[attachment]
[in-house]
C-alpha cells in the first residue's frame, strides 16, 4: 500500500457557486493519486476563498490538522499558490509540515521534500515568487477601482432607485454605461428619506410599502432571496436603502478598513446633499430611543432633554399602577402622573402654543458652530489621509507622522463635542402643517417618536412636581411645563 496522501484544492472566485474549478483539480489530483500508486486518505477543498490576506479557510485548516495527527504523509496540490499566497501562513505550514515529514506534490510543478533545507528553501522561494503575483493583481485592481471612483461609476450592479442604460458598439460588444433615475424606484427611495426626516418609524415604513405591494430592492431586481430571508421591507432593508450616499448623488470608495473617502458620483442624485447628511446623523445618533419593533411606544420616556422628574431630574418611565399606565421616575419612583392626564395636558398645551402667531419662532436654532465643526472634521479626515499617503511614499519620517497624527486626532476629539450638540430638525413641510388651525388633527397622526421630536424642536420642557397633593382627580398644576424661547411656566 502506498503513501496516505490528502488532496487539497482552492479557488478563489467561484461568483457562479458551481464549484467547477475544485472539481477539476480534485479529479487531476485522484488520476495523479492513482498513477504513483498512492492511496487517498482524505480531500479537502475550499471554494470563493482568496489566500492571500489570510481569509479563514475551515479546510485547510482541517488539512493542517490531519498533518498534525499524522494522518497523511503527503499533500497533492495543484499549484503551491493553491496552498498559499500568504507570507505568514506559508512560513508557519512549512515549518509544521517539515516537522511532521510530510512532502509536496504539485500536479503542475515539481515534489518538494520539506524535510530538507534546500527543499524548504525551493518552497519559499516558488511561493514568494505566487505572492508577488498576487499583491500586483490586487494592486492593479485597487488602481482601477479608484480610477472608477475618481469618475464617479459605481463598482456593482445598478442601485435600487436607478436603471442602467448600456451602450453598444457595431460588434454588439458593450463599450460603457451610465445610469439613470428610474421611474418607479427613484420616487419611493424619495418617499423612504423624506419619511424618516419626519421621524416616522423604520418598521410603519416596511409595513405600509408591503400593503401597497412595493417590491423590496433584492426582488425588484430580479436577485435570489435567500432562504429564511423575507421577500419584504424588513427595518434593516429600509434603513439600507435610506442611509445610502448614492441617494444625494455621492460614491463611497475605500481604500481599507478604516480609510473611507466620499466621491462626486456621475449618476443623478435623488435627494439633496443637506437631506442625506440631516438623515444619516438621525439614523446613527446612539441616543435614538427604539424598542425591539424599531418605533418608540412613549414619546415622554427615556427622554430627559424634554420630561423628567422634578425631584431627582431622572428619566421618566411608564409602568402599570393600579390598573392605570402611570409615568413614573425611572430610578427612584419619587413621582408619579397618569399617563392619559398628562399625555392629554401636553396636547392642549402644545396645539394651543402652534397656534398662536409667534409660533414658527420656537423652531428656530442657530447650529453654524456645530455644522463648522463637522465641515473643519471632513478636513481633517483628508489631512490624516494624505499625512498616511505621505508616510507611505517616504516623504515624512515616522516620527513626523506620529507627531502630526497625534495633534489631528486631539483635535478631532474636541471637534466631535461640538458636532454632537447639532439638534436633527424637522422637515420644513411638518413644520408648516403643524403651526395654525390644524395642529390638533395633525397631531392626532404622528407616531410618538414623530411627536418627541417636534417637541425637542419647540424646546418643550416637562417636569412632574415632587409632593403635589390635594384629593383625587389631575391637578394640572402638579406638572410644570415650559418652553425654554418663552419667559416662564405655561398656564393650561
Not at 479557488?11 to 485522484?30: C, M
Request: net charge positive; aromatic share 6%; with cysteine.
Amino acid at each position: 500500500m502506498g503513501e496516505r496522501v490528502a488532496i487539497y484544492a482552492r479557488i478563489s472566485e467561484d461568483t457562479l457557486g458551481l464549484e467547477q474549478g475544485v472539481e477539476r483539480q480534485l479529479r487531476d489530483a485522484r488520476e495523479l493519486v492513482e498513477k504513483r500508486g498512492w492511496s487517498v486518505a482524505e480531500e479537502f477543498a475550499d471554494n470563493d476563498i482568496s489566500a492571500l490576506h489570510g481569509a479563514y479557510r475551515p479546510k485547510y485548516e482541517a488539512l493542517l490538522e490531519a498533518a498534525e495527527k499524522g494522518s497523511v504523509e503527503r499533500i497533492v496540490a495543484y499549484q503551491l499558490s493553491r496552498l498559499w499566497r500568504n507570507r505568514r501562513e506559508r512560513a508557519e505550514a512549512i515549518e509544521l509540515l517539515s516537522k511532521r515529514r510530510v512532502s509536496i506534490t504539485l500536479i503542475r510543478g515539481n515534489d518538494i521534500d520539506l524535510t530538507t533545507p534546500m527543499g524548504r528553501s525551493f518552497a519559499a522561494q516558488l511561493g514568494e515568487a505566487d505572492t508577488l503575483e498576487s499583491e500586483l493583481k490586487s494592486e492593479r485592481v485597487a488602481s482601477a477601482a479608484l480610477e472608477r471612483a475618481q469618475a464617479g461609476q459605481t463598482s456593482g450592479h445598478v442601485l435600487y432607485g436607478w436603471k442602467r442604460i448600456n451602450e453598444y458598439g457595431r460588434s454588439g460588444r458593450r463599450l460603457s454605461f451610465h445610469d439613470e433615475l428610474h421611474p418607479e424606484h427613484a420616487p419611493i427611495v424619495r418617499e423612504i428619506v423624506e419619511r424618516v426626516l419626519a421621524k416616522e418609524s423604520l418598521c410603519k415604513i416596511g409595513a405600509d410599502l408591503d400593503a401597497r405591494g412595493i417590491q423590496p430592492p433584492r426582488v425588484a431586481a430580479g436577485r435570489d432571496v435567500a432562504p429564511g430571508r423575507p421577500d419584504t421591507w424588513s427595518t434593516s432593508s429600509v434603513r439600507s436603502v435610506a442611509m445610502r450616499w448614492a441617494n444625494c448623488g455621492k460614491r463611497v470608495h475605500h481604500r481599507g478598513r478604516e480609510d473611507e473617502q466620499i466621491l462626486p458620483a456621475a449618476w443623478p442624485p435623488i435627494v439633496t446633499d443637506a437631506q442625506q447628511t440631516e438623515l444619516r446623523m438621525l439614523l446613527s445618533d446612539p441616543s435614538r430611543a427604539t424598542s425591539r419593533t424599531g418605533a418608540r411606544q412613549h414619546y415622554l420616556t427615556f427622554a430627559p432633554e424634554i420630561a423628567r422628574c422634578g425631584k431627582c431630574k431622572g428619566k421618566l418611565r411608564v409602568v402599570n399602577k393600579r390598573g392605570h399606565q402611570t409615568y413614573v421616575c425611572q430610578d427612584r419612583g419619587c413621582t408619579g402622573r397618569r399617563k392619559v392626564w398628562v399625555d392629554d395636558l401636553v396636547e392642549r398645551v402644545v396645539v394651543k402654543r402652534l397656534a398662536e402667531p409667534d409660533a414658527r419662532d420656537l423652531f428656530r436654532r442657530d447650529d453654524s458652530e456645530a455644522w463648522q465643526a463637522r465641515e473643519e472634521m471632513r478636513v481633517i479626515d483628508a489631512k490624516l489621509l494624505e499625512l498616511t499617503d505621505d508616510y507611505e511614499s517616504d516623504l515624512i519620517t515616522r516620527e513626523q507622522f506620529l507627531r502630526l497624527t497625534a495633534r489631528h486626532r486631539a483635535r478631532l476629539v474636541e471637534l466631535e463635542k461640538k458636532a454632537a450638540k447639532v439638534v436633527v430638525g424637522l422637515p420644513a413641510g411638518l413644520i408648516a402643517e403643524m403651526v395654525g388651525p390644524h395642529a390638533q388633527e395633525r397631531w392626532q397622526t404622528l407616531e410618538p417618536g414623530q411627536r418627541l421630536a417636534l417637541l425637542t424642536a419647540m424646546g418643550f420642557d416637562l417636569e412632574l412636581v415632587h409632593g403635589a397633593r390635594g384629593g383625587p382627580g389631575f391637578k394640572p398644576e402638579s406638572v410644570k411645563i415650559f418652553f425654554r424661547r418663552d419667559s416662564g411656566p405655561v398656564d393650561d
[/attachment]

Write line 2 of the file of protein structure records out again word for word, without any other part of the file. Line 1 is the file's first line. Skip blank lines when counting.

C-alpha cells in the first residue's frame, strides 16, 4: 500500500457557486493519486476563498490538522499558490509540515521534500515568487477601482432607485454605461428619506410599502432571496436603502478598513446633499430611543432633554399602577402622573402654543458652530489621509507622522463635542402643517417618536412636581411645563 496522501484544492472566485474549478483539480489530483500508486486518505477543498490576506479557510485548516495527527504523509496540490499566497501562513505550514515529514506534490510543478533545507528553501522561494503575483493583481485592481471612483461609476450592479442604460458598439460588444433615475424606484427611495426626516418609524415604513405591494430592492431586481430571508421591507432593508450616499448623488470608495473617502458620483442624485447628511446623523445618533419593533411606544420616556422628574431630574418611565399606565421616575419612583392626564395636558398645551402667531419662532436654532465643526472634521479626515499617503511614499519620517497624527486626532476629539450638540430638525413641510388651525388633527397622526421630536424642536420642557397633593382627580398644576424661547411656566 502506498503513501496516505490528502488532496487539497482552492479557488478563489467561484461568483457562479458551481464549484467547477475544485472539481477539476480534485479529479487531476485522484488520476495523479492513482498513477504513483498512492492511496487517498482524505480531500479537502475550499471554494470563493482568496489566500492571500489570510481569509479563514475551515479546510485547510482541517488539512493542517490531519498533518498534525499524522494522518497523511503527503499533500497533492495543484499549484503551491493553491496552498498559499500568504507570507505568514506559508512560513508557519512549512515549518509544521517539515516537522511532521510530510512532502509536496504539485500536479503542475515539481515534489518538494520539506524535510530538507534546500527543499524548504525551493518552497519559499516558488511561493514568494505566487505572492508577488498576487499583491500586483490586487494592486492593479485597487488602481482601477479608484480610477472608477475618481469618475464617479459605481463598482456593482445598478442601485435600487436607478436603471442602467448600456451602450453598444457595431460588434454588439458593450463599450460603457451610465445610469439613470428610474421611474418607479427613484420616487419611493424619495418617499423612504423624506419619511424618516419626519421621524416616522423604520418598521410603519416596511409595513405600509408591503400593503401597497412595493417590491423590496433584492426582488425588484430580479436577485435570489435567500432562504429564511423575507421577500419584504424588513427595518434593516429600509434603513439600507435610506442611509445610502448614492441617494444625494455621492460614491463611497475605500481604500481599507478604516480609510473611507466620499466621491462626486456621475449618476443623478435623488435627494439633496443637506437631506442625506440631516438623515444619516438621525439614523446613527446612539441616543435614538427604539424598542425591539424599531418605533418608540412613549414619546415622554427615556427622554430627559424634554420630561423628567422634578425631584431627582431622572428619566421618566411608564409602568402599570393600579390598573392605570402611570409615568413614573425611572430610578427612584419619587413621582408619579397618569399617563392619559398628562399625555392629554401636553396636547392642549402644545396645539394651543402652534397656534398662536409667534409660533414658527420656537423652531428656530442657530447650529453654524456645530455644522463648522463637522465641515473643519471632513478636513481633517483628508489631512490624516494624505499625512498616511505621505508616510507611505517616504516623504515624512515616522516620527513626523506620529507627531502630526497625534495633534489631528486631539483635535478631532474636541471637534466631535461640538458636532454632537447639532439638534436633527424637522422637515420644513411638518413644520408648516403643524403651526395654525390644524395642529390638533395633525397631531392626532404622528407616531410618538414623530411627536418627541417636534417637541425637542419647540424646546418643550416637562417636569412632574415632587409632593403635589390635594384629593383625587389631575391637578394640572402638579406638572410644570415650559418652553425654554418663552419667559416662564405655561398656564393650561